Posted: 5:00 pm Friday, April 18th, 2014
By Greg Bluestein
Former state Sen. Chip Rogers, who was given a cushy job and a six-figure salary at Georgia Public Broadcasting after leaving office, is on his way out after little more than a year at the station.
Three people with knowledge of the situation tell us that Rogers, who was making a lofty $150,000 as an executive producer on an economic development program, is being let go. Rogers didn’t return several calls seeking comment and GPB executives didn’t return repeated calls throughout the day.
One person with direct knowledge of the situation said Rogers was “blindsided” by the news when he was told Friday.
Rogers’ position, like others at GPB, was paid solely through state taxpayers’ money and he was paid more than several higher-ranking executives.
Rogers was first elected to the Legislature in 2002 and rose to be one of the Senate’s most visible GOP leaders, championing an immigration crackdown. He resigned in December 2012 to take what he called a “dream” job with GPB that built on his background as a former television and radio reporter.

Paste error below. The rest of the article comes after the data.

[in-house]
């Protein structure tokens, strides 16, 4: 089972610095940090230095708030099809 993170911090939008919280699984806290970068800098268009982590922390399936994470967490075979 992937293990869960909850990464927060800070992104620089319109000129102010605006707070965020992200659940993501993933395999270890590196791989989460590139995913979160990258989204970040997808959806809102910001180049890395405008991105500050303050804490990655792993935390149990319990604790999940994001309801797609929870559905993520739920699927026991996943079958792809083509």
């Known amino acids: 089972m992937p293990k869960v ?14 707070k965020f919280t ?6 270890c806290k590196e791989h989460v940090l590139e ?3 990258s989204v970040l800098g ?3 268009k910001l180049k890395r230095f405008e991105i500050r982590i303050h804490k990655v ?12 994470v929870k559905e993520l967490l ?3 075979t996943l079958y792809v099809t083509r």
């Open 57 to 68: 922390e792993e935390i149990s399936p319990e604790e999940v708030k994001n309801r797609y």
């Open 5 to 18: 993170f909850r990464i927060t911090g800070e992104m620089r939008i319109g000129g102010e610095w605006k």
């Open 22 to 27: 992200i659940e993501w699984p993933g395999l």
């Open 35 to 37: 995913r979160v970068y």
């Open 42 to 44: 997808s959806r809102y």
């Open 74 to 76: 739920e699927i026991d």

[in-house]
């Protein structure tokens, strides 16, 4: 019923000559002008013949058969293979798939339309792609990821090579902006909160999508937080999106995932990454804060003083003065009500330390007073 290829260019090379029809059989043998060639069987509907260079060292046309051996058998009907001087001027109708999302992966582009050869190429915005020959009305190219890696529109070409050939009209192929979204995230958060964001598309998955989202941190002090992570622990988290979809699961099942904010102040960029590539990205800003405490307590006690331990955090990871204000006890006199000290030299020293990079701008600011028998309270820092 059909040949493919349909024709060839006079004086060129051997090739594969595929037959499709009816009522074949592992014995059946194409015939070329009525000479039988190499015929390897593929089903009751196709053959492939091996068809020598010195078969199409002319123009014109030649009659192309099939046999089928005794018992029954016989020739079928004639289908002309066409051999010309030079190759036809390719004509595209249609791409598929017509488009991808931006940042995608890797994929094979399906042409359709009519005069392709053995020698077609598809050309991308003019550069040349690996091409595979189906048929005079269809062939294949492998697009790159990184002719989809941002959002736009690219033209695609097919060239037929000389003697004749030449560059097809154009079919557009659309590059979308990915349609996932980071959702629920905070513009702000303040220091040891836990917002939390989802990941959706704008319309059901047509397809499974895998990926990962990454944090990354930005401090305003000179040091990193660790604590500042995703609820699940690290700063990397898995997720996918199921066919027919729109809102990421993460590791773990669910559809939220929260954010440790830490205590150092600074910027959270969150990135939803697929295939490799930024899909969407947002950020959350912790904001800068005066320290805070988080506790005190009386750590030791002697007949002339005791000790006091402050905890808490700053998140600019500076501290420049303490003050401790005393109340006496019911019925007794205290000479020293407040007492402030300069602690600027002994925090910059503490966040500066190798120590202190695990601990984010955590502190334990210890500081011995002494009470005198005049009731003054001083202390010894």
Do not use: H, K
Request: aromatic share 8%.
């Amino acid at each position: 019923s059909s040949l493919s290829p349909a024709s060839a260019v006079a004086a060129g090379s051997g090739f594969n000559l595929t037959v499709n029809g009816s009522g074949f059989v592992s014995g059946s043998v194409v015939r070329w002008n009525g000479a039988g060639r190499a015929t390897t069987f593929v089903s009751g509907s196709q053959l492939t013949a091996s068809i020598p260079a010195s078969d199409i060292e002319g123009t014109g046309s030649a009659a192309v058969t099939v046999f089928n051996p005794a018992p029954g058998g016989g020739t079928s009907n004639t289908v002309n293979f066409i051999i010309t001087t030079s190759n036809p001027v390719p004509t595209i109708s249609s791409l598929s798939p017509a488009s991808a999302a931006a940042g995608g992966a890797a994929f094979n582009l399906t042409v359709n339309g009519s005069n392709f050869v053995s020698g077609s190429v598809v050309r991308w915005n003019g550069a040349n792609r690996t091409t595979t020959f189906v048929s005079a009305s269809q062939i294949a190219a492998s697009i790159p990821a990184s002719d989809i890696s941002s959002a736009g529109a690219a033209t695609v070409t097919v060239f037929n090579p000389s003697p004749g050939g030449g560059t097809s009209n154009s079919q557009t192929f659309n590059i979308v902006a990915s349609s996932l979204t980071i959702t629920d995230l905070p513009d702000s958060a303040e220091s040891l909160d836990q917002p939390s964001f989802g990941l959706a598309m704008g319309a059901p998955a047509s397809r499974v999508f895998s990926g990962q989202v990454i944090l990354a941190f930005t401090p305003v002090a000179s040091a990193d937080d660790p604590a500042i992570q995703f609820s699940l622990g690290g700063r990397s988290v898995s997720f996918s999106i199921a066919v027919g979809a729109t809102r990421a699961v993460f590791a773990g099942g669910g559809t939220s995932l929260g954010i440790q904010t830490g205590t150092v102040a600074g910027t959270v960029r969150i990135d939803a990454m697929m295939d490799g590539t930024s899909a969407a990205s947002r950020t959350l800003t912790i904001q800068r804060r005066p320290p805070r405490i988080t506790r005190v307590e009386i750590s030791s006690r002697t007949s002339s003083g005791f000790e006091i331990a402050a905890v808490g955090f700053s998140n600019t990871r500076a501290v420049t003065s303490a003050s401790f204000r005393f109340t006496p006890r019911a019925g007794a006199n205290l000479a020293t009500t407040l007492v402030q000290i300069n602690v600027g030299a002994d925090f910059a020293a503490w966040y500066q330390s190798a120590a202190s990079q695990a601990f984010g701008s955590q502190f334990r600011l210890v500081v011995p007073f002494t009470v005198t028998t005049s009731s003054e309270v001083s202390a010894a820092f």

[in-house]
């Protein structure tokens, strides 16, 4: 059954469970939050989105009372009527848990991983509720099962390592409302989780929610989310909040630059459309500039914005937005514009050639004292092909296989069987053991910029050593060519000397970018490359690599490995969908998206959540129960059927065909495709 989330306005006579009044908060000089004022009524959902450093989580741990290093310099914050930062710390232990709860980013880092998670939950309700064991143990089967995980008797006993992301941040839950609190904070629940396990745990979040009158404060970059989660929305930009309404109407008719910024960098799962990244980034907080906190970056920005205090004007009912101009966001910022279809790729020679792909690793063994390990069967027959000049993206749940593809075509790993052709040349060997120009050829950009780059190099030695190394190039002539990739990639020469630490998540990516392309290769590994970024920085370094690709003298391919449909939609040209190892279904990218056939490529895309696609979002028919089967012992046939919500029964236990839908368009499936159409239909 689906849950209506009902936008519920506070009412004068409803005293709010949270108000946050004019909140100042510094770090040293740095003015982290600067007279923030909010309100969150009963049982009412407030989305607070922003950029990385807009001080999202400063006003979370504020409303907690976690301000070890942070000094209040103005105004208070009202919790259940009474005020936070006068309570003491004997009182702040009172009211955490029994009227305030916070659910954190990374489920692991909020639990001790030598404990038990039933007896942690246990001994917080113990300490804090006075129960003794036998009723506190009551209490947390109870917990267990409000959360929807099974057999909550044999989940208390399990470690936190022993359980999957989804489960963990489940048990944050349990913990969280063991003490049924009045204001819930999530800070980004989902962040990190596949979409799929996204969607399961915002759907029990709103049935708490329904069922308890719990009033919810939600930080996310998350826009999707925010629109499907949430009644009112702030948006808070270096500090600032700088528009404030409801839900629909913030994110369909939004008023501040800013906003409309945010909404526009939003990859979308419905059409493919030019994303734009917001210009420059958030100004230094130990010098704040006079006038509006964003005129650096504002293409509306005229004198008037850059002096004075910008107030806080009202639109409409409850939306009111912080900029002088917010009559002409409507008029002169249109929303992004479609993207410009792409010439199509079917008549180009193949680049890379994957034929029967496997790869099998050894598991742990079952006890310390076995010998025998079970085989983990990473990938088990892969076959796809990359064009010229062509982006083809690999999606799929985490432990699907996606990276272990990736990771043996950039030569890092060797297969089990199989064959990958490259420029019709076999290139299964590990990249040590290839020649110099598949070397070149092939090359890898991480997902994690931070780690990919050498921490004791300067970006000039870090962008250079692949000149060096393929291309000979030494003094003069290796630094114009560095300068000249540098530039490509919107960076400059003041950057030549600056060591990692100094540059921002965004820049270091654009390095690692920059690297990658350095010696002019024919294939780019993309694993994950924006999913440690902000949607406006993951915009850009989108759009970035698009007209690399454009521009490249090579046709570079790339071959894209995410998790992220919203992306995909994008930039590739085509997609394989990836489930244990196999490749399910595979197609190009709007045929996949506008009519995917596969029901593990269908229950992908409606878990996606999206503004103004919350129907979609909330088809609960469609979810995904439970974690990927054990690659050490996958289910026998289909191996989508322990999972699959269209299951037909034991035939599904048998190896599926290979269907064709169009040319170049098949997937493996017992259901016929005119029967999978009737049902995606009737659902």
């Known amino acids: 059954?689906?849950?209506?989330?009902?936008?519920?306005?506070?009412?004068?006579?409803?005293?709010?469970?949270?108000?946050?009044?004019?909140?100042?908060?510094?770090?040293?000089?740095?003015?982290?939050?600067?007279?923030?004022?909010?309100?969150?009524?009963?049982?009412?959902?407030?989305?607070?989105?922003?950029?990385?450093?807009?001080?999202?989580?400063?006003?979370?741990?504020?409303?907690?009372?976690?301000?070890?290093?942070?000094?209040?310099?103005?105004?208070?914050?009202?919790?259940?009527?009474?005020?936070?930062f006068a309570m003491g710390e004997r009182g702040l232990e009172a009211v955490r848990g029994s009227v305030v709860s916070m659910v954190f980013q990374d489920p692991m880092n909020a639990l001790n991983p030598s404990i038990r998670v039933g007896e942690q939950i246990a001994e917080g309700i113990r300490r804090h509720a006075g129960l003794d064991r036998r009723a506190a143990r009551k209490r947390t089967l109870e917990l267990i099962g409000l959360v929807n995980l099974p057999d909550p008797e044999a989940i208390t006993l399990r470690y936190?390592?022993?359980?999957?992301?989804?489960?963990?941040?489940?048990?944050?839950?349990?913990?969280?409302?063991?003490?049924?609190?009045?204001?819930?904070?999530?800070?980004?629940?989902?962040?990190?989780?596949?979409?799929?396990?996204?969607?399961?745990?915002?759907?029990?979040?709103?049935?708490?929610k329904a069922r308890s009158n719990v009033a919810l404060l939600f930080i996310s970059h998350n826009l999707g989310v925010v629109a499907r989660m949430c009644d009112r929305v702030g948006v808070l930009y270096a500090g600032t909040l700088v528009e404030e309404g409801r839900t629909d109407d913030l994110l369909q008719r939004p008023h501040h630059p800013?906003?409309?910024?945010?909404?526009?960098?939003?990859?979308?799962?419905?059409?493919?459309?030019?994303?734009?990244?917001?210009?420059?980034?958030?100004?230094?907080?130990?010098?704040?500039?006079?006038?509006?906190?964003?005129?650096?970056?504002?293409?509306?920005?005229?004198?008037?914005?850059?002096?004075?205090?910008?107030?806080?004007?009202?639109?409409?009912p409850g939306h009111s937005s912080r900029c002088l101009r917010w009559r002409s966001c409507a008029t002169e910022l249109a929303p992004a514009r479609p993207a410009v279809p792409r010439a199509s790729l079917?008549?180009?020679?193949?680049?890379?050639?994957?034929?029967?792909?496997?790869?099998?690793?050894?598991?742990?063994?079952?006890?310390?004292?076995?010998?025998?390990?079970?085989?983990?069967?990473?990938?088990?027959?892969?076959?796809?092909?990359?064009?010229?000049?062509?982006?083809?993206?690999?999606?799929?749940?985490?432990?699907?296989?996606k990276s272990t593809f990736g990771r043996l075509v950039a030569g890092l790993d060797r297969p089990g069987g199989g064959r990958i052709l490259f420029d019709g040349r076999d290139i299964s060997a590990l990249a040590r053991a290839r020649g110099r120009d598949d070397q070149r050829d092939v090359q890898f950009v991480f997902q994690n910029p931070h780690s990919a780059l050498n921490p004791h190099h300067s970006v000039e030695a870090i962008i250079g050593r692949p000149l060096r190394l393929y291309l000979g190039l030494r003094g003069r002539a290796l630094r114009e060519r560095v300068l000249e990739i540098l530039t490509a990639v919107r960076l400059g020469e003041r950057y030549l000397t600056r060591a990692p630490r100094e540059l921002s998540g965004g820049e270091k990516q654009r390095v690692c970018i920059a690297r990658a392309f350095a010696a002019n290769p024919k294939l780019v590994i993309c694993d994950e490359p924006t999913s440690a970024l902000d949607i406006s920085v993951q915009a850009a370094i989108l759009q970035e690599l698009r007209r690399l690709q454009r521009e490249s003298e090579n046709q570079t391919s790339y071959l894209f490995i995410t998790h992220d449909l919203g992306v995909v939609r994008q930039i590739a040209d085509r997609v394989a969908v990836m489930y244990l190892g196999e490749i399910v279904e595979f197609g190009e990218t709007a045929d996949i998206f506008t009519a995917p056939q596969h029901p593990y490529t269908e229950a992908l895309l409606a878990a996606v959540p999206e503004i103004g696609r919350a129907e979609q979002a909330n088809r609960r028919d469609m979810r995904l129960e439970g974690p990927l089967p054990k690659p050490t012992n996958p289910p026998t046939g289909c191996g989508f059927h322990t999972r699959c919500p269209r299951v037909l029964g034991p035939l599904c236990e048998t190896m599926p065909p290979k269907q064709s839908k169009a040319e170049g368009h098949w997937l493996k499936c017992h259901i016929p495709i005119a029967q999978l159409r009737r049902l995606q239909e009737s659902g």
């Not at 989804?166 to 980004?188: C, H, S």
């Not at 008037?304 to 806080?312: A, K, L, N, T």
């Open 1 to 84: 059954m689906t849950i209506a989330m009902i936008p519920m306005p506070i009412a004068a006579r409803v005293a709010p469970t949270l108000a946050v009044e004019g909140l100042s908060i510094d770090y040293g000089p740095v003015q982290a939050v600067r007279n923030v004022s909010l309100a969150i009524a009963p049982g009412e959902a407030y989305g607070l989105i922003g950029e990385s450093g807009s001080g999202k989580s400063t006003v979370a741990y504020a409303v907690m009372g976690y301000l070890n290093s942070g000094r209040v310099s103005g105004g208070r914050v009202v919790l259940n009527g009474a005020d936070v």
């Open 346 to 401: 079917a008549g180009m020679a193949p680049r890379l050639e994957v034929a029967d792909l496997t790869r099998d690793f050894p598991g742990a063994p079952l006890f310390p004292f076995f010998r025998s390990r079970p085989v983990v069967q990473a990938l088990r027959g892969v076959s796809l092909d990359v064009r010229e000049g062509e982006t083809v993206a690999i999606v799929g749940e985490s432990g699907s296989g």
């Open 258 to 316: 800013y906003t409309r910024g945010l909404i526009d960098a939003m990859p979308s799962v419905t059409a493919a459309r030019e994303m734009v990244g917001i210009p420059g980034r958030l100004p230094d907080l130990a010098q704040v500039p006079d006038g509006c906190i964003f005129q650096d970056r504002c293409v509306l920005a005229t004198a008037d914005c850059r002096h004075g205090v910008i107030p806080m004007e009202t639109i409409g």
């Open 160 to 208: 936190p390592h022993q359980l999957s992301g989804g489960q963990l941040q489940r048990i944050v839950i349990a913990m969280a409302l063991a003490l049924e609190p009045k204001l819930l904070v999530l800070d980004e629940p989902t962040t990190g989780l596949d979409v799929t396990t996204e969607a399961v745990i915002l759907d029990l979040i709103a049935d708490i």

He stepped down from office after a series of missteps, including a failed bank loan and public disclosure of Rogers’ work for a sports gambling network. GPB President Teya Ryan said at the time that it was a trial run, but it drew considerable fire from critics who said it smacked of cronyism.
Rogers, for his part, soon settled into the role as the director of the station’s Georgia Works initiative where he posted frequent blogs about economic development programs. He also held down a side job as a lobbyist for the Asian American Hotel Owners Association.
An ominous sign for Rogers came in March when state lawmakers added language in the budget that seemed aimed at his gig. It redirected funds dedicated to GPB’s economic development television division to ventures that promote a “wide variety” of projects.
Democrats and their allies linked Rogers’ sudden firing to upcoming elections. Better Georgia said in a statement that Gov. Nathan Deal, whose office declined comment, was behind both the hiring and the firing.
“What a shame that Gov. Deal forced Georgia taxpayers to pay for this,” the group said.